It is important to note that while CABG surgery can significantly improve symptoms and quality of life in patients with severe coronary artery disease, it does not cure the underlying condition. Lifestyle modifications, such as regular exercise, a healthy diet, smoking cessation, and medication therapy, are essential for long-term management and prevention of further progression of the disease.

Fluoroscopy is a type of medical imaging that uses X-rays to obtain real-time moving images of the internal structures of the body. A continuous X-ray beam is passed through the body part being examined, and the resulting fluoroscopic images are transmitted to a monitor, allowing the medical professional to view the structure and movement of the internal organs and bones in real time.

Fluoroscopy is often used to guide minimally invasive procedures such as catheterization, stent placement, or joint injections. It can also be used to diagnose and monitor a variety of medical conditions, including gastrointestinal disorders, musculoskeletal injuries, and cardiovascular diseases.

It is important to note that fluoroscopy involves exposure to ionizing radiation, and the risks associated with this exposure should be carefully weighed against the benefits of the procedure. Medical professionals are trained to use the lowest possible dose of radiation necessary to obtain the desired diagnostic information.

Clinical cardiology is the sub specialty of cardiology which looks after preventive cardiology and cardiac rehabilitation. ... Cardiology Cardiology in Review Circulation Circulation Research Clinical and Experimental Hypertension Clinical Cardiology EP ... Cardiology (from Ancient Greek καρδίᾱ (kardiā) 'heart', and -λογία (-logia) 'study') is the study of the heart. Cardiology is a ... Interventional cardiology is a branch of cardiology that deals specifically with the catheter based treatment of structural ...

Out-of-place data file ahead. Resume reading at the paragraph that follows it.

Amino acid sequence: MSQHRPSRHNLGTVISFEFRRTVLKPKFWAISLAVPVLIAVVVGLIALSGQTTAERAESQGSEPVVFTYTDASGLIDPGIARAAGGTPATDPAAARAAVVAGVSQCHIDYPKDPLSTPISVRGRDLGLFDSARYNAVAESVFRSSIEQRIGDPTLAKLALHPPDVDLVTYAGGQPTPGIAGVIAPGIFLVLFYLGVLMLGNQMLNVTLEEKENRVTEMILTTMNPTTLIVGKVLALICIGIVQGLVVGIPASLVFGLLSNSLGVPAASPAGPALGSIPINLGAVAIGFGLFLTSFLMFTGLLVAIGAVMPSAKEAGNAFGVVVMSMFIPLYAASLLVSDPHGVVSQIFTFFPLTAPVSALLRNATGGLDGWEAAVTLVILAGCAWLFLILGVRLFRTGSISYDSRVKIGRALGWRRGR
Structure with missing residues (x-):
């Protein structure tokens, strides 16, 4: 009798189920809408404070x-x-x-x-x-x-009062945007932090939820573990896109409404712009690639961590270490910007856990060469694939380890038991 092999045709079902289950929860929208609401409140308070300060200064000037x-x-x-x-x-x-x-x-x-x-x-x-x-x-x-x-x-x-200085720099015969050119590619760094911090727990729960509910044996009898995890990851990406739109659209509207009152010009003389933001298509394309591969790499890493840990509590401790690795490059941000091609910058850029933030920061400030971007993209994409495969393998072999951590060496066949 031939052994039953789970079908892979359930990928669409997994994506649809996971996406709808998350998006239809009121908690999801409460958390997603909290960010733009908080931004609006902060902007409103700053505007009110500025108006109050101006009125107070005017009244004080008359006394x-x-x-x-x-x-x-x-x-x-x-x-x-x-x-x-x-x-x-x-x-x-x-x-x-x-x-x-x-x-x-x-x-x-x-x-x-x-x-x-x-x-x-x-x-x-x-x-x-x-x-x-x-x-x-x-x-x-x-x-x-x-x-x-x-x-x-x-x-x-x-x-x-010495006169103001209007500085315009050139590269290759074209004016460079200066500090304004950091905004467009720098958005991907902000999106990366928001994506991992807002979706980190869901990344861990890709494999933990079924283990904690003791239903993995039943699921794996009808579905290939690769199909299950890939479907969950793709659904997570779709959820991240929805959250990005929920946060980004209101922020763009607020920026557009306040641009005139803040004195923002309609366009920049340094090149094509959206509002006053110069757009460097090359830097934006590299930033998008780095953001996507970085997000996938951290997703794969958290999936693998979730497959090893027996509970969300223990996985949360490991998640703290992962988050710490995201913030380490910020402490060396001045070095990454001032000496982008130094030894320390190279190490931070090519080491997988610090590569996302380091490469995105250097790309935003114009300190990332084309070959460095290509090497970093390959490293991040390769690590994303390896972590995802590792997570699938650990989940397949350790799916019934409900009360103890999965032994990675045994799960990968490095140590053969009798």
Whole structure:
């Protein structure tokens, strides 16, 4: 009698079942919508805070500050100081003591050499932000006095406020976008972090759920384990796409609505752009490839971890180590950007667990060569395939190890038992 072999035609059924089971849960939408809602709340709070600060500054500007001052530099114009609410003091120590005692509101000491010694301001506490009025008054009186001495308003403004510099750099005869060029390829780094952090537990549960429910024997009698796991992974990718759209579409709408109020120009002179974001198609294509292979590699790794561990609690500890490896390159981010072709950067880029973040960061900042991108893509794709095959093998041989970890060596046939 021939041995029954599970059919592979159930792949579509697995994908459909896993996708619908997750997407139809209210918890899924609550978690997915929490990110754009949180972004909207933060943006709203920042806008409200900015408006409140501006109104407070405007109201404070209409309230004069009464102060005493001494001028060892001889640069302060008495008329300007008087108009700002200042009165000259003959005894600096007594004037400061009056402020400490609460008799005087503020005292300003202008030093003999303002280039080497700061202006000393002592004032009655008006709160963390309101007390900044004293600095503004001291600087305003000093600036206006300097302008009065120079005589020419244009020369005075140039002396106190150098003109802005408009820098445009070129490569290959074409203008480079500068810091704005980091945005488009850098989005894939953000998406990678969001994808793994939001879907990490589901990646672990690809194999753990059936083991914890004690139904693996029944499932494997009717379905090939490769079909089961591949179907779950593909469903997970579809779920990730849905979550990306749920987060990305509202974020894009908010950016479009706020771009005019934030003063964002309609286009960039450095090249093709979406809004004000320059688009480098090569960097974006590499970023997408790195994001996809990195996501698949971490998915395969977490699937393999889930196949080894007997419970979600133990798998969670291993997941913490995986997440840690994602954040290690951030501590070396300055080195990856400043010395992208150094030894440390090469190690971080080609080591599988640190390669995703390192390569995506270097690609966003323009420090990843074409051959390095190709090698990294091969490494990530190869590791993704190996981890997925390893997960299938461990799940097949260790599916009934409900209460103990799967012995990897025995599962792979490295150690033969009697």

... is a monthly peer-reviewed medical journal covering cardiology that was established in 1978. It is ... "Clinical Cardiology". 2020 Journal Citation Reports. Web of Science (Science/Social Sciences ed.). Clarivate Analytics. 2021. ... It is an official journal of the American Society for Preventive Cardiology. According to the Journal Citation Reports, the ... Cardiology journals, Monthly journals, English-language journals, Wiley (publisher) academic journals, All stub articles, ...
... is a branch of cardiology that deals specifically with the catheter based treatment of structural ... Relevant links for interventional cardiologists Interventional Cardiology Review (Interventional cardiology). ... Additionally, interventional cardiology procedure of primary angioplasty is now the gold standard of care for an acute ... Some interventional cardiology procedures are performed in conjunction with a cardiothoracic surgeon. In the US and Canada, ...
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... is an emerging subspecialty field of Cardiology. It may also be considered a subspecialty field of Sports ... Formal education for doctors is now available in Sports Cardiology, such as a Masters Degree in Sports Cardiology at St ... Sports Cardiology as a cardiology subspecialty overlaps with Electrophysiology, Cardiac Stress Testing, Echocardiography and ... In Europe it has traditionally been grouped under Preventive Cardiology, but the subspecialty of Sports Cardiology is now ...
"Cardiology". karger.com. Karger. Retrieved 26 March 2020. "Cardiology". 2016 Journal Citation Reports. Web of Science (Science ... Cardiology: International Journal of Cardiovascular Medicine, Surgery, Pathology and Pharmacology is a monthly peer-reviewed ... From 1971, the journal was published under the name Cardiology and in 2005 it incorporated the medical journal Heart Drug and ... Following the incorporation of the journal Heart Drug, Cardiology has included coverage of issues relating to cardiovascular ...
In cardiac physiology, preload is the amount of sarcomere stretch experienced by cardiac muscle cells, called cardiomyocytes, at the end of ventricular filling during diastole. Preload is directly related to ventricular filling. As the relaxed ventricle fills during diastole, the walls are stretched and the length of sarcomeres increases. Sarcomere length can be approximated by the volume of the ventricle because each shape has a conserved surface-area-to-volume ratio. This is useful clinically because measuring the sarcomere length is destructive to heart tissue. It requires cutting out a piece of cardiac muscle to look at the sarcomeres under a microscope. It is currently not possible to directly measure preload in the beating heart of a living animal. Preload is estimated from end-diastolic ventricular pressure and is measured in millimeters of mercury (mmHg). Though not exactly equivalent to the strict definition of preload, end-diastolic volume is better suited to the clinic. It is ...